Clinical studies are also underway for Axovant Sciences‘ (NASDAQ: AXON) lead product candidate, Intepirdine (RVT-101), and its effects on Alzheimer’s, dementia and Lewy Body Dementia. The Mindset study for Alzheimer’s is a phase 3 international, double-blind, multi-center, placebo-controlled clinical trial that aims to assess the tolerability, safety and efficacy of the drug for mild and moderate cases of Alzheimer’s. If the trials are successful, the therapy will be approved for commercialization across Europe and the United States. Phase 2 studies are being conducted to evaluate the product’s performance for dementia. A novel glycopyrrolate and cholinesterase combination is also being developed for Alzheimer’s and Lewy Body Dementia and is currently in phase 1 trials.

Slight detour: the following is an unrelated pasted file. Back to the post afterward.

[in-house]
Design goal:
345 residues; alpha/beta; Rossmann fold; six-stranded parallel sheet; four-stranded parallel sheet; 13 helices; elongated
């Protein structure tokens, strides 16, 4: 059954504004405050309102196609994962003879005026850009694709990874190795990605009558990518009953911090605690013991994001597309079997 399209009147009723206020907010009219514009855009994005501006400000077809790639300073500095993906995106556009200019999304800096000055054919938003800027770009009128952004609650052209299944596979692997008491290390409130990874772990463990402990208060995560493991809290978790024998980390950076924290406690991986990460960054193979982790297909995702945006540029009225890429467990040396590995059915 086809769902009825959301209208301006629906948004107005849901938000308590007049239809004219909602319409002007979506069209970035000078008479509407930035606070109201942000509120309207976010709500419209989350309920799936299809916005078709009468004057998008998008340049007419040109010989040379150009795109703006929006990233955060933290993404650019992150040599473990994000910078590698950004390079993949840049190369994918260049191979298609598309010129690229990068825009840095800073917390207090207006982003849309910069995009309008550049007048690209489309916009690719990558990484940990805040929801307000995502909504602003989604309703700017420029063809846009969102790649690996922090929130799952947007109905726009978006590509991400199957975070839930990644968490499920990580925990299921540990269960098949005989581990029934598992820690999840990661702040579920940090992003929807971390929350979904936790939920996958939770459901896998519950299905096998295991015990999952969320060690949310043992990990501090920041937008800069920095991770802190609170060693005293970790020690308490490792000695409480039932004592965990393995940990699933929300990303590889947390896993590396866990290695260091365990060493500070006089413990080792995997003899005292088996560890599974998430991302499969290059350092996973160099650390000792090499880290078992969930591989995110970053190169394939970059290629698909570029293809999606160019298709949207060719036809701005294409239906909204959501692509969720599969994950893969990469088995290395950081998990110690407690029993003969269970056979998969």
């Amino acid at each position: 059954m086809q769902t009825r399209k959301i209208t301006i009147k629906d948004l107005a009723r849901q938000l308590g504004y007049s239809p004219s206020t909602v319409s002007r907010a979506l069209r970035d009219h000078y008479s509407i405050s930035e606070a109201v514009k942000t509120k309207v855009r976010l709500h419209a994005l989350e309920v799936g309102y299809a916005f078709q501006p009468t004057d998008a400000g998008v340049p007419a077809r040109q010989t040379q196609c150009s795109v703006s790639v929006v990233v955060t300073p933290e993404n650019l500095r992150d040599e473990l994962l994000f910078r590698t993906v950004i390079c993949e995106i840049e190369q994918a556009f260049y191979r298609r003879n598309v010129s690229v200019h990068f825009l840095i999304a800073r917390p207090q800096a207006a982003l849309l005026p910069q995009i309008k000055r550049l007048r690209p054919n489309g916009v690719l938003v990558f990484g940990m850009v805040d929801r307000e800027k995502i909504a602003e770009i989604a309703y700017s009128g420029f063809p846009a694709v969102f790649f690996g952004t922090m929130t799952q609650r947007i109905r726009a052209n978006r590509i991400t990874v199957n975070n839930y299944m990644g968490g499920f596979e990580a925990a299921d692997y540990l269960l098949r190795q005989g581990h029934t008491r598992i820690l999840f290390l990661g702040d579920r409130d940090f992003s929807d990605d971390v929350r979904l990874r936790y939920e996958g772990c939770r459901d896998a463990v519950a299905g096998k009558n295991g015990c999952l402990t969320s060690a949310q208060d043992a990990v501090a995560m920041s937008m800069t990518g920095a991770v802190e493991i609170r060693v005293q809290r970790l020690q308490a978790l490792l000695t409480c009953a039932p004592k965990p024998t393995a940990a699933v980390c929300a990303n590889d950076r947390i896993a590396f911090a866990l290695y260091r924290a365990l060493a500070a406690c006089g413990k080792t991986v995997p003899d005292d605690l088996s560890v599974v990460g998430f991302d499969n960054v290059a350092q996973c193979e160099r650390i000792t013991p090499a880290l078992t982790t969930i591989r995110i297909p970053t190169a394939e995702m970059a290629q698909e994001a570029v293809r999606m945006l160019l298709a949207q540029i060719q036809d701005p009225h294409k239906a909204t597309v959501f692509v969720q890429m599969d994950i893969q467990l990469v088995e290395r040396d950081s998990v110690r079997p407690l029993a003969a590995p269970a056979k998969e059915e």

One of the world’s largest Alzheimer’s treatment pipelines is being developed by Swiss-based AC Immune SA (NASDAQ: ACIU). The company is working on seven therapeutic and three diagnostic products in various stages of clinical trials; with the potential to significantly improve treatment and even prevent Alzheimer’s and other neurodegenerative diseases. All of AC Immune’s therapies were discovered and developed via the company’s proprietary Morphomer™ and SupraAntigen™ technology platforms. The lead product candidate, an anti-Abeta antibody called Crenezumab with treatment and prevention potential, is currently undergoing phase 3 clinical trials, in collaboration with Roche Holding AG (OTC: RHHBY) subsidiary, Genentech.
The focus on Alzheimer’s by so many biopharmaceutical companies is understandable, given the prevalence of this condition. In May 2017, Congress signed into law a $400 million increase for Alzheimer’s research funding at the National Institutes of Health (NIH) in the fiscal year 2017 budget, marking the second consecutive year that Congress has approved a ‘historic’ funding increase for the disease.
This move demonstrates the urgency for the more than 5 million Americans living with the disease – a number that’s forecast to increase to 16 million by 2050 – and highlights the value of the lineup of companies working to advance their efforts for a cure.